yet destined for eternity,
little flurries of stardust?
It is strange how this virus has woken us up to a very obvious but often ignored fact: we are mortal. This reminder of our fragility has caused us to panic and scramble, as if it were possible to avoid this inevitable outcome of our lives–their ending. The ending has been there all along, but not in such a prevalent, “hiding around the corner” kind of way.
So how should we respond to this intense affirmation that our lives are a brief and precious gift?
With love. With love that is stronger than death. With love that connects us all. With love that can reach across the globe into every trembling heart. With many, many, concrete acts of love. It there were ever a time for “random acts of kindness,” it is now. Except they are not random; they are very much the point of our existence: to affirm the irreplaceable nature of every human life, and to honour each person with our little acts of affection and and kindness, to find in the face of the poor, the lonely and the stranger, the face of God.
Imagine for just a moment what might happen at this uniquely uncharted point in time if we all choose to set aside politics, agendas, finger pointing, conspiracies, and our own (very real & very different) fears.
What if we choose Right Now to take care of one another and put compassion, love, and service above all else? What if we turn our necessary distance into something even bigger than saving lives?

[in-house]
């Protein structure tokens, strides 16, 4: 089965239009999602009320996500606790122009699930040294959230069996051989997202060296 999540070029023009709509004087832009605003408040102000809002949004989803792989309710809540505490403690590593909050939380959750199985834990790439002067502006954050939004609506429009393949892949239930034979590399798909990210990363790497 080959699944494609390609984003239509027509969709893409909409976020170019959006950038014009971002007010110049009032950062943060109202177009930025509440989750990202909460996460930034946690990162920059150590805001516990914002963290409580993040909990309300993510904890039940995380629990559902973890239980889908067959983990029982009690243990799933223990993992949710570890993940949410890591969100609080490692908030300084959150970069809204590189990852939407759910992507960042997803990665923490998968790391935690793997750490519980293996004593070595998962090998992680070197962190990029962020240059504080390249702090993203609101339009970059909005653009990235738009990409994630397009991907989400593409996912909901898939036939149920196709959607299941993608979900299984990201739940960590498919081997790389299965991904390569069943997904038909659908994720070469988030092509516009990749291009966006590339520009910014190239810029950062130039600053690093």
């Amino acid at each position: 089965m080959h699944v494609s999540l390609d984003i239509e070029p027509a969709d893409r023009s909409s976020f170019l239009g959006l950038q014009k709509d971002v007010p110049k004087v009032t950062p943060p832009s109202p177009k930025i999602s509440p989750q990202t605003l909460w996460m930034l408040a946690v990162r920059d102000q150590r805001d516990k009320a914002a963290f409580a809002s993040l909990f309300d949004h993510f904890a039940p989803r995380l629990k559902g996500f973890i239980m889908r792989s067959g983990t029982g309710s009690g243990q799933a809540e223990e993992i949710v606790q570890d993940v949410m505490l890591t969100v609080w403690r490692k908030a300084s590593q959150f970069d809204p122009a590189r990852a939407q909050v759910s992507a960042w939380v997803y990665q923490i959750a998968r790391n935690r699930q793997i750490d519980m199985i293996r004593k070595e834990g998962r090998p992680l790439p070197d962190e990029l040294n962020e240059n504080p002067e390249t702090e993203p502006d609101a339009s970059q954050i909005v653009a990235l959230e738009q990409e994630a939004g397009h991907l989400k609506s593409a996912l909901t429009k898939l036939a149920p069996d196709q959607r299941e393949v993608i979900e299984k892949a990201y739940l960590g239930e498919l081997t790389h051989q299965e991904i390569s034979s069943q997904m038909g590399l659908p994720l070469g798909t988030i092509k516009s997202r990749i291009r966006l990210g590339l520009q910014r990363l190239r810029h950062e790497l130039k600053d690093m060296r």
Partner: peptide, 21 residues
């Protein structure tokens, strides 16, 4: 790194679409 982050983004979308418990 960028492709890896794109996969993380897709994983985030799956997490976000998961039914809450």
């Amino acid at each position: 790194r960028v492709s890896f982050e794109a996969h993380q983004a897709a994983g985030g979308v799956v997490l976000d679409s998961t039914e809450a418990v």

Everyone will do this in their own way, living with a sense of personal mission to serve their families, their friends and their communities with all the talents and passion they can muster. It is by loving that we mortal beings unite ourselves to the Immortal One, the fount of life and source of love, and come to share in a life beyond the fragile one we have here.
Let us burn our life’s candle brightly and share its light with those around us. Then, whenever its light is snuffed out, we will continue to glow in the hearts of people whom we have loved.
What does it mean to give a meaningful present? One that is a true expression of our love… can we truly take our hearts and wrap them in shiny paper, and give them in a way that affirms the worth of the recipient, the very value in their existence? This is a great challenge.
When I was shopping recently for my kids, seeing so many rows upon rows of plastic nonsense toys in the huge box stores left me feeling empty. All this abundance seemed a bit pointless, when so much of it was soon to be destined for the dump. It’s not that I hate toys. I still have stuffed animals and doll house furniture from when I was a kid, not to mention my stamp collection and books.
I think what bothered me was all these unnecessary things being consumed so voraciously, when so many other children in the world don’t even have a bed, or clean water, or a home to call their own. No one has given them gifts to affirm the very worth of their existence. Perhaps they don’t even have parents to kiss them goodnight and tell them how much they are loved. But instead of simply being grinchy and depressed by this, I wanted to do something, even if it was something tiny.